As a woman in mathematics, I often find it hard to find fellow women mathematicians as it is a very male dominated subject. Emmy Noether has long been one of my role models for breaking the male-shaped mould of a mathematician. However, there are other women working in the field today who fight against the still-existing stereotype, and Ingrid Daubechies is one of them.
Born in Belgium in 1954, Daubechies received her B.S degree in Physics from the Free University Brussels in 1975; most mathematicians start out in mathematics and later apply their skills in other scientific disciplines, however Daubechies is one of the few who progressed in the opposite direction. From 1975 until 1984, she held the post of Research Assistant in the Department for Theoretical Physics at the Free University Brussels. Halfway through this period she received her Ph.D. for a thesis called ‘Representation of quantum mechanical operators by kernels on Hilbert spaces of analytic functions‘, although by this time she had already published around ten articles.
After teaching at the Free University Brussels for 12 years, she joined AT&T Laboratories in the United States where she became the leading authority on wavelet theory. In 1987, she constructed a class of wavelets that were identically zero outside a finite interval, which are now the most common type of wavelets and led to many important applications. Daubechies believes that she is considered a mathematician due to the fact that:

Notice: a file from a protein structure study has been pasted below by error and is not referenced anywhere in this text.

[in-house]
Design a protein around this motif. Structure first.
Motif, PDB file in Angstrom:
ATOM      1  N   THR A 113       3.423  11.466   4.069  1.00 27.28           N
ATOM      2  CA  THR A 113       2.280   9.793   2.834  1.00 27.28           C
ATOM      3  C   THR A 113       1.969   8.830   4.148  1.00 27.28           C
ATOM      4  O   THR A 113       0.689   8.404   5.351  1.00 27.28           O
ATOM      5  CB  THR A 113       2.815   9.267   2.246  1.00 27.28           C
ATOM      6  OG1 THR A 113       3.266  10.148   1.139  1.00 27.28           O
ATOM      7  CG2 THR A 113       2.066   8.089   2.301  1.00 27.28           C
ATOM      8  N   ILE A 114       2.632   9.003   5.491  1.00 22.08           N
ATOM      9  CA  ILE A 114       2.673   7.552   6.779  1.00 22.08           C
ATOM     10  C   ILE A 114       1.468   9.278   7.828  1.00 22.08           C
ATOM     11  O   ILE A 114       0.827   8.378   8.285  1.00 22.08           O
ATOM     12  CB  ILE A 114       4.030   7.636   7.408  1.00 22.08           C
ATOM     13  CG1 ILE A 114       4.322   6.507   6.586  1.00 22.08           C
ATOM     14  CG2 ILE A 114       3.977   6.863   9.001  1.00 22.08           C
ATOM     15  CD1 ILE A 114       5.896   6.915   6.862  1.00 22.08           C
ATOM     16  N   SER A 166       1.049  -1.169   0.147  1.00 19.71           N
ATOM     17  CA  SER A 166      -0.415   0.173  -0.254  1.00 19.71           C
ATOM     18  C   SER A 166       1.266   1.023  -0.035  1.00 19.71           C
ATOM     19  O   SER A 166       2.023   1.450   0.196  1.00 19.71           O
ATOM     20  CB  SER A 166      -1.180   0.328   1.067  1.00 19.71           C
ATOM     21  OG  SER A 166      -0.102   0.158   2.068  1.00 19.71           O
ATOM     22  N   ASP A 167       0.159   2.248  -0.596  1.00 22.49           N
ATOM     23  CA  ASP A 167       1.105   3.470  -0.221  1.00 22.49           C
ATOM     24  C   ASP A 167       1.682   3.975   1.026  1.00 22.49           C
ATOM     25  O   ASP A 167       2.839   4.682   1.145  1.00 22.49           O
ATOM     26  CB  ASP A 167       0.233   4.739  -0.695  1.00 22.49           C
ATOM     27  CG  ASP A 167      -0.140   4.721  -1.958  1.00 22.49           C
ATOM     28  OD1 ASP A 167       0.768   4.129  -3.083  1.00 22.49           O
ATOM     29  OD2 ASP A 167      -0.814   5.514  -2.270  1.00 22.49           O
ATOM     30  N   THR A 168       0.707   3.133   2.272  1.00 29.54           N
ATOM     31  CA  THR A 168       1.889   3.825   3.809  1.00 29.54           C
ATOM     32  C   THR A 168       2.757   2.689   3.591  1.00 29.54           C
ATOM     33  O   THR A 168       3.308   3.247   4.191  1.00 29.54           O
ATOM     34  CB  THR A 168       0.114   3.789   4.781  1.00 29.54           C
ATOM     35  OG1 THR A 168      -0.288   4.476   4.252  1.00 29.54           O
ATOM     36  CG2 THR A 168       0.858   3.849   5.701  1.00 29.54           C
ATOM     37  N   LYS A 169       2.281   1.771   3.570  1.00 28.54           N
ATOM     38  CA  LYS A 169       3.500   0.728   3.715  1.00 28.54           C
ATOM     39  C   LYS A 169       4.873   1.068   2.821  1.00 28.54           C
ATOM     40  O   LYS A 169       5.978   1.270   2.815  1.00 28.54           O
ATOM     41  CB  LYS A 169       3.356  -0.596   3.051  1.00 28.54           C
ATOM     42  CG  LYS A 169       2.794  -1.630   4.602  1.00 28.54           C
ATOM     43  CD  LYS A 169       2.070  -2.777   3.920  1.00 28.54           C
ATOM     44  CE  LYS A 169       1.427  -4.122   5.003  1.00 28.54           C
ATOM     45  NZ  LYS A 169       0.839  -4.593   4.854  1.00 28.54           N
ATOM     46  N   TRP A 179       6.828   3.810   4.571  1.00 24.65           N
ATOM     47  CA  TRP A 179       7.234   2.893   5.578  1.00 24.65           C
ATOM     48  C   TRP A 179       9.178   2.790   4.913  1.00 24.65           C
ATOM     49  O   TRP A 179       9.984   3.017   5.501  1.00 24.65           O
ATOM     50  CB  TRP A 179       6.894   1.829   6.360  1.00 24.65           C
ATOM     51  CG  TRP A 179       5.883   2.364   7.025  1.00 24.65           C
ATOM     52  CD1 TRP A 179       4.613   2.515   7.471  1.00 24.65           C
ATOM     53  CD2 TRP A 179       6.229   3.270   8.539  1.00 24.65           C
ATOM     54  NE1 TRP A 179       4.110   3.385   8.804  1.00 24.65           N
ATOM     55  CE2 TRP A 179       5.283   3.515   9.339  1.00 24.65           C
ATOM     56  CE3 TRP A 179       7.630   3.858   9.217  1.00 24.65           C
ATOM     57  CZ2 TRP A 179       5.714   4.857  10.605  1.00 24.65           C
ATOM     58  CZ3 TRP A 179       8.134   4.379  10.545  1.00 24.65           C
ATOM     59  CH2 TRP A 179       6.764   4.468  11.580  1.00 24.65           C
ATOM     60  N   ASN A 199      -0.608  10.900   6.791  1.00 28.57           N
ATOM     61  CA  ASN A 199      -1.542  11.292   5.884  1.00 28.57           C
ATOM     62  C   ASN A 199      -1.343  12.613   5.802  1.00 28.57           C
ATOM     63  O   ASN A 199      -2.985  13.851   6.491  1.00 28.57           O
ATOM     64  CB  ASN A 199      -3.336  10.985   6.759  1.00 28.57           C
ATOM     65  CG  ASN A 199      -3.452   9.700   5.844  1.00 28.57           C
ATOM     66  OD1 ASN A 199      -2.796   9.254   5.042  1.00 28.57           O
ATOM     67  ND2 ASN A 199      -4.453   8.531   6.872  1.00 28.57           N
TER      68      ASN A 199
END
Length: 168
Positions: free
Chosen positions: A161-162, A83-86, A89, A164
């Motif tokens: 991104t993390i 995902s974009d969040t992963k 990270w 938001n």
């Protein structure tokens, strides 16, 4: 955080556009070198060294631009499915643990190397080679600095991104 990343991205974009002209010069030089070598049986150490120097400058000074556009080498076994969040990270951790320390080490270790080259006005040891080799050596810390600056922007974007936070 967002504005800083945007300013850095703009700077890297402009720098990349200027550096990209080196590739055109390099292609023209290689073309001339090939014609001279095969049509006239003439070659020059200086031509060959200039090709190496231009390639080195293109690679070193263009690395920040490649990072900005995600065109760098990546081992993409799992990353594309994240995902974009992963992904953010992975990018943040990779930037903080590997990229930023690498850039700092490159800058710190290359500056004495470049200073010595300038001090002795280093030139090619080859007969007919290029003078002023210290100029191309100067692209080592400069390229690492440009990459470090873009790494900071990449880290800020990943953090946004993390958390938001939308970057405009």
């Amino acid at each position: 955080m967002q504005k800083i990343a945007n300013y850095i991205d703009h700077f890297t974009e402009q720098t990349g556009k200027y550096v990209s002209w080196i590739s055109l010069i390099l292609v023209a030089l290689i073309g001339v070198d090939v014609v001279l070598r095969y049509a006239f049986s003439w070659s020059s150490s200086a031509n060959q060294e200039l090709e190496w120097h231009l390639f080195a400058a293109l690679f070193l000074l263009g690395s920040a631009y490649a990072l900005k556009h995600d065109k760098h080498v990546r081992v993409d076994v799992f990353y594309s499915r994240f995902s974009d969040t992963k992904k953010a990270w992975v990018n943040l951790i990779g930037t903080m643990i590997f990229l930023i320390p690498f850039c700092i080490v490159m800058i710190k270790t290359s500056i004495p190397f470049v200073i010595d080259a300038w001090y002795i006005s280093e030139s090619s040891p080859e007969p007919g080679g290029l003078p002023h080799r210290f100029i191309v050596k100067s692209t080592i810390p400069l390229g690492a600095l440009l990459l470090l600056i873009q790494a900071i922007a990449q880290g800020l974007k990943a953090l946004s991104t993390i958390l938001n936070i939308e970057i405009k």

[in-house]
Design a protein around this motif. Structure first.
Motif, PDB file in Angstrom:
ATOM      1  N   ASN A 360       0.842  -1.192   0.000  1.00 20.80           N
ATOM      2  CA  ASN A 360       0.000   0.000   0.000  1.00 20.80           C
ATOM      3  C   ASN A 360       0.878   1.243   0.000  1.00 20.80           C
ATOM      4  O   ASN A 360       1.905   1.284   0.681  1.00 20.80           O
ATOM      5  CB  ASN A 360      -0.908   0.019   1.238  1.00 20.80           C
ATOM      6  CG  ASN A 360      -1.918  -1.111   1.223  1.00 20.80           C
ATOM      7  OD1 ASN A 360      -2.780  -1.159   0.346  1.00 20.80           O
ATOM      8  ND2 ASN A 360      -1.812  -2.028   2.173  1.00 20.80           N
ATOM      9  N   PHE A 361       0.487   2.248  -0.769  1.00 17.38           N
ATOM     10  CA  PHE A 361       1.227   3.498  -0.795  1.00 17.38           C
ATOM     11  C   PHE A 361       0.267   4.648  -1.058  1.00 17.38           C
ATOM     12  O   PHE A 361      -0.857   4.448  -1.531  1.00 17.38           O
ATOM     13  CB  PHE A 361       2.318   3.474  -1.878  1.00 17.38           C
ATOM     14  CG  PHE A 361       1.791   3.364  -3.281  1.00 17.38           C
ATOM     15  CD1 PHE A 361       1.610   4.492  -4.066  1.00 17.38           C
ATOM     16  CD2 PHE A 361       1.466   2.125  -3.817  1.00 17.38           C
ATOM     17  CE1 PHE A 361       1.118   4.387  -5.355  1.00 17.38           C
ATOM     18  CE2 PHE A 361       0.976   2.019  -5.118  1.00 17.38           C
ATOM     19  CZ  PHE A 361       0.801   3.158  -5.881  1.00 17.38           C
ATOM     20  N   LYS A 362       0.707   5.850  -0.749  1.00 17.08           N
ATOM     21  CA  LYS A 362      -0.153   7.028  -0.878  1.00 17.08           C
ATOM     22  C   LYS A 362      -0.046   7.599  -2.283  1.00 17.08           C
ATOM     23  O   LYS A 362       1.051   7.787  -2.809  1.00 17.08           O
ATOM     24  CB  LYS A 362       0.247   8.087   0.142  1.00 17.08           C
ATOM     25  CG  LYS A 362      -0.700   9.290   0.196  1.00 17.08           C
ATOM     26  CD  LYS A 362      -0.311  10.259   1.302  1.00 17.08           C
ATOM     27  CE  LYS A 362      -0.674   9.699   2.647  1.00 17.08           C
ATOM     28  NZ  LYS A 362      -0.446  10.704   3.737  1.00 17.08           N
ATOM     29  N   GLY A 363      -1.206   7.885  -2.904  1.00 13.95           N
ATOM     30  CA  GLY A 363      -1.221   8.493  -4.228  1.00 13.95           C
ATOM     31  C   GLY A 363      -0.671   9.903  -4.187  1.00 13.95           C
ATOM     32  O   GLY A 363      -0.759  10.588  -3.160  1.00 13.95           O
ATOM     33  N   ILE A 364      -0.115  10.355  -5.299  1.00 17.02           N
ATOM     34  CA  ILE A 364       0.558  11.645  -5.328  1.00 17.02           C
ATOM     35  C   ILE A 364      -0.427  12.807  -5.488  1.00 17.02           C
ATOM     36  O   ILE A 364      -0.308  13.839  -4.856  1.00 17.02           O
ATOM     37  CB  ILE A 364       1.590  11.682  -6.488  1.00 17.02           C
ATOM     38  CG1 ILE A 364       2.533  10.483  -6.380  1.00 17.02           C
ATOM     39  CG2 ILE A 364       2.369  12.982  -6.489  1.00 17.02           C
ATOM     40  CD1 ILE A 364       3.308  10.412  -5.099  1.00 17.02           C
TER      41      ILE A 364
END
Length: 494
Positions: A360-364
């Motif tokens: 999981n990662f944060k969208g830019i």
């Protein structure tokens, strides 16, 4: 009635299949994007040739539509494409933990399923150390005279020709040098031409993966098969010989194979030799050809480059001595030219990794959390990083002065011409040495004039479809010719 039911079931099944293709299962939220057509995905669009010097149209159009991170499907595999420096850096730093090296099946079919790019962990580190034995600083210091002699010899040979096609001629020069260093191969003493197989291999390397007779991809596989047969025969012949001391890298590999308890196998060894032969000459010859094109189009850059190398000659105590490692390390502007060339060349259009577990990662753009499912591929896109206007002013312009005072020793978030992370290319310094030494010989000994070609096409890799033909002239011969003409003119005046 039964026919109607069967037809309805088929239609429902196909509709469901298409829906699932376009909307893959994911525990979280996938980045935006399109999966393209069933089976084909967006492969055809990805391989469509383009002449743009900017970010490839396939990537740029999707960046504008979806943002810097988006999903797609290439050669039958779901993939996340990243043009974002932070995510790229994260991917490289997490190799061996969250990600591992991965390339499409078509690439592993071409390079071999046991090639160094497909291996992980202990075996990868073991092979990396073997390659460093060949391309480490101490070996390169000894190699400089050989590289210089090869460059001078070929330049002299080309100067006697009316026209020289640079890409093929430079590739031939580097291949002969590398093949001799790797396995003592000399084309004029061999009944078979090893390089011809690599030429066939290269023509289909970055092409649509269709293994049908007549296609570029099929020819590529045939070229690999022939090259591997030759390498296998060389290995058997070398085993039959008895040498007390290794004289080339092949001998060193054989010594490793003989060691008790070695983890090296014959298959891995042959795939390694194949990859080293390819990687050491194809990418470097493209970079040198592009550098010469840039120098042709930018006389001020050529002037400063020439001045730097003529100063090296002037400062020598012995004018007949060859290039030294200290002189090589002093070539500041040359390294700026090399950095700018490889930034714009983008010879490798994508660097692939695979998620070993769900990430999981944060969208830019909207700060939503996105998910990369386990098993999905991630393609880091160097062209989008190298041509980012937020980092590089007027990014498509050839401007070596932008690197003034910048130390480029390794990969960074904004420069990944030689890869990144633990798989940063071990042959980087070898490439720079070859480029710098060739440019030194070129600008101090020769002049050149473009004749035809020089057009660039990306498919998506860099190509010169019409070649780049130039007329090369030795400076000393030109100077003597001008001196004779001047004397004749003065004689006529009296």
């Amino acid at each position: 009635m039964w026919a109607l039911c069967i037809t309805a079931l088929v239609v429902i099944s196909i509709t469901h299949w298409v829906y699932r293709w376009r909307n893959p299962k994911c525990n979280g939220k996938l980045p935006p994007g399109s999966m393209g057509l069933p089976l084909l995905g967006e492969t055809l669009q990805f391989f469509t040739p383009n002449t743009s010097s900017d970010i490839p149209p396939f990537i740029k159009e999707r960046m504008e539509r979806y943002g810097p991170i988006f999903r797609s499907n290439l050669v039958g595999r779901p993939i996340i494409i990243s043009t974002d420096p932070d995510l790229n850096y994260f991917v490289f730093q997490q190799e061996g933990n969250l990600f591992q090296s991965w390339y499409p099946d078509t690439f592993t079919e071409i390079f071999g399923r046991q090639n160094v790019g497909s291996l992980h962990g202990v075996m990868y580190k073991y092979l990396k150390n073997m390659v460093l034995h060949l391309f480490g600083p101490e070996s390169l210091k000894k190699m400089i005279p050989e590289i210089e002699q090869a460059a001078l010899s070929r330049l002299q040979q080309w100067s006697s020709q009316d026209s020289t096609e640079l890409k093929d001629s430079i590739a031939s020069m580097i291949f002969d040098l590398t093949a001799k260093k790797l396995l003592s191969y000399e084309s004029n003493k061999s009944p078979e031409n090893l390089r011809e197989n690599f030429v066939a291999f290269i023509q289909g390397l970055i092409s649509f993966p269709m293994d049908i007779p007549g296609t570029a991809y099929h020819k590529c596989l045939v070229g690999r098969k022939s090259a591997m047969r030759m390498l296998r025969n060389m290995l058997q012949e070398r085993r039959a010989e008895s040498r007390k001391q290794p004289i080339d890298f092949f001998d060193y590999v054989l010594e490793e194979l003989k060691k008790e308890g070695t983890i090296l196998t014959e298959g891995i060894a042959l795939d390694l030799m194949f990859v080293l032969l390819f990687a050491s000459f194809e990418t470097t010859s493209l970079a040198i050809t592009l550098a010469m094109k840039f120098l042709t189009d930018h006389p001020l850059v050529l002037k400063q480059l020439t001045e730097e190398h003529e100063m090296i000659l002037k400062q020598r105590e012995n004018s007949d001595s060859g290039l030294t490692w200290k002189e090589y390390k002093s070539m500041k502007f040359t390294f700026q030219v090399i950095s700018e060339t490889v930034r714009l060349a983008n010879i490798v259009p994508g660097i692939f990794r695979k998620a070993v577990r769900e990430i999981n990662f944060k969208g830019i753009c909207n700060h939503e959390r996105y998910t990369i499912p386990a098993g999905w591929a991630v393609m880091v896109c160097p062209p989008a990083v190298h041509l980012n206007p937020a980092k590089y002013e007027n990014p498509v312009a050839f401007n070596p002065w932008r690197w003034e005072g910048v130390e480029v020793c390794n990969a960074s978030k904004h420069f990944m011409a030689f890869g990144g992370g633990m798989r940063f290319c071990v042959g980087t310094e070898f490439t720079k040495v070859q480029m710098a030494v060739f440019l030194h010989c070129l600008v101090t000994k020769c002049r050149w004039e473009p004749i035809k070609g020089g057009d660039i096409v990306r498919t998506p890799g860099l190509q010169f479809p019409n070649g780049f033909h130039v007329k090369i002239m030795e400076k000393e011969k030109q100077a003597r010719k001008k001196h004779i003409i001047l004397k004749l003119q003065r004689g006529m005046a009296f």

“even as a physicist, my work was very theoretical, very mathematical. I became interested in applications of mathematics outside physics (especially in engineering), and that is how I am now considered a mathematician.”
In 1993 she became a full professor in the Mathematics Department and the Program in Applied and Computational Mathematics at Princeton University. In fact, she was the first woman full professor of mathematics at Princeton! In 2010 she was elected as the first woman president of the International Mathematical Union.
- Louis Empain Prize for Physics (1984) – awarded every 5 years to a Belgian scientist on the work they did before age 29.
- Steele Prize for Mathematical Exposition (1994)
- Ruth Lyttle Satter Prize in Mathematics (1997)
- National Academy of Sciences Award in Mathematics (2000) – presented every 4 years for excellence in published mathematical research. She was awarded it for her “fundamental discoveries on wavelets and wavelet expansions and for her role in making wavelets methods a practical basic tool of applied mathematics.”
- Leroy P. Steele Prize for Seminal Contribution to Research from the American Mathematical Society (2011)
- Benjamin Franklin Medal in Electrical Engineering from the Franklin Institute(2011)
- Fellow of the American Mathematical Society (2012)
Her work on wavelets has been extremely important and has strongly influenced diverse fields of application ranging from data compression to pattern recognition.
Who’s your favourite modern mathematician? M x